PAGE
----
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Murray hopes coaches will judge him more by his 35-17 record and by the way he played when his team needed him most. Can he throw under pressure? Check out this third-and-13 play that sealed the win against South Carolina on Sept. 6. Is he mobile? Check out this run against Tennessee, which came after the Bulldogs had lost nearly every key skill position player on offense to injury except Murray.
Or ask a teammate. Georgia tight end Arthur Lynch is playing for the South team this week, and he came to Athens with Murray in the class of 2009. "He's the epitome of what you'd want as a quarterback," Lynch said. Lynch said Murray had the team's respect in his first game as the starter in 2010, and Lynch said Murray is still earning his respect. "For [goodness] sakes, he's out here and he can't even drop back," Lynch said. "But he's out here taking mental reps and helping quarterbacks who are essentially his competition. He's encouraging me. What else could you ask for?"
Or, better yet, ask an opponent. Former LSU linebacker Lamin Barrow faced Murray between the hedges on Sept. 28. "If I had to pick a word, it would be underrated," said Barrow, whose Tigers lost, 44-41, and gave up four touchdown passes to Murray. "I think he's one of the best quarterbacks in the country." In the days leading up to the game, Barrow marveled at Murray's pocket poise in watching him on video. When the Tigers saw Murray in person, they still weren't ready for his ability to escape pressure. "He made some plays against us where I thought we had him sacked and then, whoop, it's right over your head," Barrow said.
Murray won't get the chance to show off any of those skills this week. He hopes to be throwing and running by Georgia's pro day this spring, but he won't get to prove himself in Senior Bowl practice. Of course, with a South secondary that includes LSU safety Craig Loston, Florida cornerback Jaylen Watkins and Auburn cornerback Chris Davis, Murray already has available tape of himself throwing against all those players. "They have four years of film on me," Murray said. "They can go back and watch all those games and see how I've thrown the ball." He'll also be able to impress coaches on the dry erase board with his knowledge of their offensive systems. The scheme used by Bobo and Georgia coach Mark Richt is far more similar to an NFL offense than some of the spread schemes that have all but taken over the college game. "It helps a lot," Murray said. "A lot of the stuff we're going over in meetings -- the drops and play-action and stuff like that -- is stuff I've been doing for the past four years."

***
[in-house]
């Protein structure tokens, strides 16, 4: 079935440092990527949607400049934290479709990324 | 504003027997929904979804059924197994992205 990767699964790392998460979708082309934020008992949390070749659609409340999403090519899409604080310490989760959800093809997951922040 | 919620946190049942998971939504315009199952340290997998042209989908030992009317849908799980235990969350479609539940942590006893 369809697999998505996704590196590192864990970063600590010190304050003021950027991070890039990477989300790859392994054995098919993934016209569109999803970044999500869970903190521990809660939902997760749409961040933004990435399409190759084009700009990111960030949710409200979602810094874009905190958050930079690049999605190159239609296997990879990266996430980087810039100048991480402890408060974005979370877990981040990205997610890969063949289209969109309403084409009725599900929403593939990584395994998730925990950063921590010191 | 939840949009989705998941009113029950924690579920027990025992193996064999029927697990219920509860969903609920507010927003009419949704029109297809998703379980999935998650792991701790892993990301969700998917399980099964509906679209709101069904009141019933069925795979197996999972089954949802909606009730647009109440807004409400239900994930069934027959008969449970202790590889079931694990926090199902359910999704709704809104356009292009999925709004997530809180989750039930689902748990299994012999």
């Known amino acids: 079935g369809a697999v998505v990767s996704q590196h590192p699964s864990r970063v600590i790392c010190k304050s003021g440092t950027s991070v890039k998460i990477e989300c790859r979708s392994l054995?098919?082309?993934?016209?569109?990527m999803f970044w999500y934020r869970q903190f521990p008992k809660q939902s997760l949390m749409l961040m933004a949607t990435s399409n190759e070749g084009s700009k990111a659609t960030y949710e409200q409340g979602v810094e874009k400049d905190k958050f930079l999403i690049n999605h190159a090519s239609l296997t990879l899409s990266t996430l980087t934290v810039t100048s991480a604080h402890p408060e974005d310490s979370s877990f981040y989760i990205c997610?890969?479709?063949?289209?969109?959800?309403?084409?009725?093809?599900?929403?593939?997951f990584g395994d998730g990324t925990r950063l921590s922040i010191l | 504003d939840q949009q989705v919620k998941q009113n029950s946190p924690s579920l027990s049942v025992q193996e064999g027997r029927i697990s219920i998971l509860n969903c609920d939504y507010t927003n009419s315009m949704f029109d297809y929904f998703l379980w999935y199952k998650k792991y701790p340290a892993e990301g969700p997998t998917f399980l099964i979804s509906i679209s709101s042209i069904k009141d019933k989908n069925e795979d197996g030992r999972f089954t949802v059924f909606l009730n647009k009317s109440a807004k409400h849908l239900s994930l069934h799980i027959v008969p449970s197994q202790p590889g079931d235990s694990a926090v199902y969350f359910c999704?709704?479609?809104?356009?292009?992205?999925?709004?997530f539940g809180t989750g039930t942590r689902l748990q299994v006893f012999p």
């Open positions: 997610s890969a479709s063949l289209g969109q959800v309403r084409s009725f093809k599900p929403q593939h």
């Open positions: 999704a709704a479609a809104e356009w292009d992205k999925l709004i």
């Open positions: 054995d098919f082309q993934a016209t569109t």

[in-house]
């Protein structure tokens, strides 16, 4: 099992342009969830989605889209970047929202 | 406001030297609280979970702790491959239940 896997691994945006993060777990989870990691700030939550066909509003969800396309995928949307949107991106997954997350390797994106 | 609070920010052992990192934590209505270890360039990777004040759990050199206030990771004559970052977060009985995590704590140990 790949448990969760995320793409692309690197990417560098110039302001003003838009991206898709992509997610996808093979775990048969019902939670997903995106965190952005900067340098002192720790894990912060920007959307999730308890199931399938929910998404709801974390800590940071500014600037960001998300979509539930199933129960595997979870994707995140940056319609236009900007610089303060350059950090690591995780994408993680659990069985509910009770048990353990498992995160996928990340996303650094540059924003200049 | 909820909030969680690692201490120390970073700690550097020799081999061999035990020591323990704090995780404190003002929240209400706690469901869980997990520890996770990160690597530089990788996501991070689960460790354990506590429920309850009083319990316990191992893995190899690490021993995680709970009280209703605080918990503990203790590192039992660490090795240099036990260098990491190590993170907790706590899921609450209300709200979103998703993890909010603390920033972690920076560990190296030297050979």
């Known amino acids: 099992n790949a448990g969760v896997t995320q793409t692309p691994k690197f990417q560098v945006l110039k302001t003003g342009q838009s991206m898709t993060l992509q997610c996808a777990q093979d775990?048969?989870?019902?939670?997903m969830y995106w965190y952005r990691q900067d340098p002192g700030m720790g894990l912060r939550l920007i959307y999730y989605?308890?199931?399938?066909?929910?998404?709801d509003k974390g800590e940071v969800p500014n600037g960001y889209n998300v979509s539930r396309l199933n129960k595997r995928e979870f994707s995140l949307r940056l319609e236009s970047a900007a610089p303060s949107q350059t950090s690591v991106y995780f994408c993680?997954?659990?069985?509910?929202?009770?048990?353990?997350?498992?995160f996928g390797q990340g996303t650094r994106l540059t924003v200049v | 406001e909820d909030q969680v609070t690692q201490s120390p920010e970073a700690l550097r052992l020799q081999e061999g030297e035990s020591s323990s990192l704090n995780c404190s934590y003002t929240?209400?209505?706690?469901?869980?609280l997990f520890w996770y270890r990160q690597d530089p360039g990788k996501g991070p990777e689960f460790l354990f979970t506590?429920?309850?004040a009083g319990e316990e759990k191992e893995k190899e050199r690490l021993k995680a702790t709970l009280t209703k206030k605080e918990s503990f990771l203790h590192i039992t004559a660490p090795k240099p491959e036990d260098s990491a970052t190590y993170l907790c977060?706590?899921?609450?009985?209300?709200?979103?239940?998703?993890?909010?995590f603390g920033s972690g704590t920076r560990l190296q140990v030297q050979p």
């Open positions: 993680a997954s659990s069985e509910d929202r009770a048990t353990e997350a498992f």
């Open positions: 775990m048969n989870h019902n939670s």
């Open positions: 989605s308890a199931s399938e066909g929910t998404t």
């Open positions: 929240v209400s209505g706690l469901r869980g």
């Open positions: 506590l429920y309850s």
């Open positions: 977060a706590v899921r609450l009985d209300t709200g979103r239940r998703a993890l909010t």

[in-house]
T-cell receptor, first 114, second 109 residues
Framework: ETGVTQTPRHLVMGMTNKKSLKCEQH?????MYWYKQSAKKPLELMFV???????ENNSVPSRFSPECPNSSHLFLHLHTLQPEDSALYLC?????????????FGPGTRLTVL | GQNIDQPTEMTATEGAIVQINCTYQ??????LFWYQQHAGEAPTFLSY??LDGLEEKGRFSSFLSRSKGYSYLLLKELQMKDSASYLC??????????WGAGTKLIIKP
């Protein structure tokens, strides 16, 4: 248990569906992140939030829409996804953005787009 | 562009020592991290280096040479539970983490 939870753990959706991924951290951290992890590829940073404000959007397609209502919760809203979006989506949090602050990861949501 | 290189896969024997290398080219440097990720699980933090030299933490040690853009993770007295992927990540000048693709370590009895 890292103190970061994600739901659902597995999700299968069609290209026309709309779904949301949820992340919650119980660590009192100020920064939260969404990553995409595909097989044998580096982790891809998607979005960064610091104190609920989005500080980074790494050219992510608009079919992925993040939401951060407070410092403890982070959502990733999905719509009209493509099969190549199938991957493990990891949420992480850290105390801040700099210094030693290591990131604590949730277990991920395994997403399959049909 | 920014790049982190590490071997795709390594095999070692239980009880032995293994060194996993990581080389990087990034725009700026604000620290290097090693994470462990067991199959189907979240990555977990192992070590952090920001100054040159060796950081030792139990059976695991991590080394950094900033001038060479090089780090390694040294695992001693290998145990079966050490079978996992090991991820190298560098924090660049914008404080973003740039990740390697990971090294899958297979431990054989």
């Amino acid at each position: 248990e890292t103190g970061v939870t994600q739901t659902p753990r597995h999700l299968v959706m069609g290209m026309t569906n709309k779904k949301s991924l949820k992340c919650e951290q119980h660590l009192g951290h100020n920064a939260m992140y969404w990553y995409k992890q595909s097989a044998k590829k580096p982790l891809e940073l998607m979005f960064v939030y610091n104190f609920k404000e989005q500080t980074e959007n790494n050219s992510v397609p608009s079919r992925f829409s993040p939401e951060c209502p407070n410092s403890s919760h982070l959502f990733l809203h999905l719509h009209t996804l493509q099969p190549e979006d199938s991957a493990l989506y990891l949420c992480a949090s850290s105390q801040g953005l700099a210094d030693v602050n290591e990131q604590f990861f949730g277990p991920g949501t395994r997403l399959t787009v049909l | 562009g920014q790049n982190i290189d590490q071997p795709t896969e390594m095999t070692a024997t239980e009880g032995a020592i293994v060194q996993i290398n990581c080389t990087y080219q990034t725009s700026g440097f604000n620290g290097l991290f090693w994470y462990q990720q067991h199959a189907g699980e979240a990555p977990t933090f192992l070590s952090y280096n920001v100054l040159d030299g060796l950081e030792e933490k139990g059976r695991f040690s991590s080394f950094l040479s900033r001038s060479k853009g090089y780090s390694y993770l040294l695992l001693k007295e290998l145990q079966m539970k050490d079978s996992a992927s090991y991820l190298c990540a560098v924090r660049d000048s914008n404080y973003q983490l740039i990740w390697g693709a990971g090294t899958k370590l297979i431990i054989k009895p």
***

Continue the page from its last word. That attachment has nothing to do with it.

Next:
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Also helping Murray is a willingness to consider a shorter quarterback thanks to the success of Brees and Wilson. Sunday, Wilson helped the Seahawks reach the Super Bowl. Meanwhile, NFL personnel people seem intrigued by Texas A&M quarterback Johnny Manziel, who won't crack 6-foot by much -- if at all. Still, with the knee injury slowing him and the uncontrollable genetic factor dogging him, Murray could slide in the draft. He knows that. He also knows that what he did against quality competition the past four seasons wasn't a fluke. So he isn't worried about his health, which he intends to control by following his doctors' orders, or his height, which remains completely out of his control. "I don't care," Murray said. "People are going to say it. You've just got to go out there and prove them wrong."